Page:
$ 5. Observe again, my dear Benjamin, that the resurrection of Christ shows the possibility of a general resurrection; is an assurance to the people of God of the certainty of their rising from the dead; and is the glorious pattern, as well as the sure pledge, of what kind their resurrection shall be. That God is able to raise the dead, sound reason and philosophy will not deny. But if it were doubtful, one certain and evident instance of it will be sufficient to answer all objections; since facts are irresistible evidences of the truth and certainty of things. By the resurrection of Christ, therefore, God has in a most satisfactory manner demon. strated the possibility of the thing, and given us an assurance that all believers shall rise too. Hence, saith the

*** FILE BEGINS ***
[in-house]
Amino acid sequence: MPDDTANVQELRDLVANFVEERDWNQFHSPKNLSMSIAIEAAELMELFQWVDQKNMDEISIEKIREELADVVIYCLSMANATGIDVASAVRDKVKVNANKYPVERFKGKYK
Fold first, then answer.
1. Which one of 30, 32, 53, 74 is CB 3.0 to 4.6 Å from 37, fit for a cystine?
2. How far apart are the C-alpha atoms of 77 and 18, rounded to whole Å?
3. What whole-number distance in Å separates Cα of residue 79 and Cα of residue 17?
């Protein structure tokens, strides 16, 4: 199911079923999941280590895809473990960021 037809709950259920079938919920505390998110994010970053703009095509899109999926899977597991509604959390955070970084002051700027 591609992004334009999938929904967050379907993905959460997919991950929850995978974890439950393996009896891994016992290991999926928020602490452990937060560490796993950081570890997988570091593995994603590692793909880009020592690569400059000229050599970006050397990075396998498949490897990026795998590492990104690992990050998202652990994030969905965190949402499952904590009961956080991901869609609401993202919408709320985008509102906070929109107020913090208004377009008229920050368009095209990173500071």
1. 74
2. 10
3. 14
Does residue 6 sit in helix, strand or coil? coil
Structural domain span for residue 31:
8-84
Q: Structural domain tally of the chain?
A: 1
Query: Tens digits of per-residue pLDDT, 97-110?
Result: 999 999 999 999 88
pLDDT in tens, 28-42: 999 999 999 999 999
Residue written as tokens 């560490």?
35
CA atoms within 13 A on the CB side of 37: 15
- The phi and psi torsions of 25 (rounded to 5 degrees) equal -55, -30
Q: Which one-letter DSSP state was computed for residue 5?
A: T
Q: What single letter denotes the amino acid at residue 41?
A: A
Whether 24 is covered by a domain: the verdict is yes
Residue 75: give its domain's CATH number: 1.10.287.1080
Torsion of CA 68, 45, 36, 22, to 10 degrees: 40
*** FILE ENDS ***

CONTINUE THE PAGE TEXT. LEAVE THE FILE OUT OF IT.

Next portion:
apostle, " Christ has risen from the dead, and become the first fruits of them that slept; as the first man was of the earth, earthy; so the second man was the Lord from heaven," not of an earthly nature, but a heavenly original; and "as the earthy man was, such also are those that are earthy,'' of the same frail materials with him from whom they are derived; so also, “as is the heavenly man, such also are those which are heavenly,” the state of their bodies shall be of a heavenly form and constitution like his. · As we have the image of the earthy," have been subject to the infirmities of this frail earthly body, “so shall we bear also the image of the heavenly," be transformed and fashioned in our bodies" like unto his glorious body, according to the working whereby he is able to subdue all things to himself." 1 Cor. VOL II.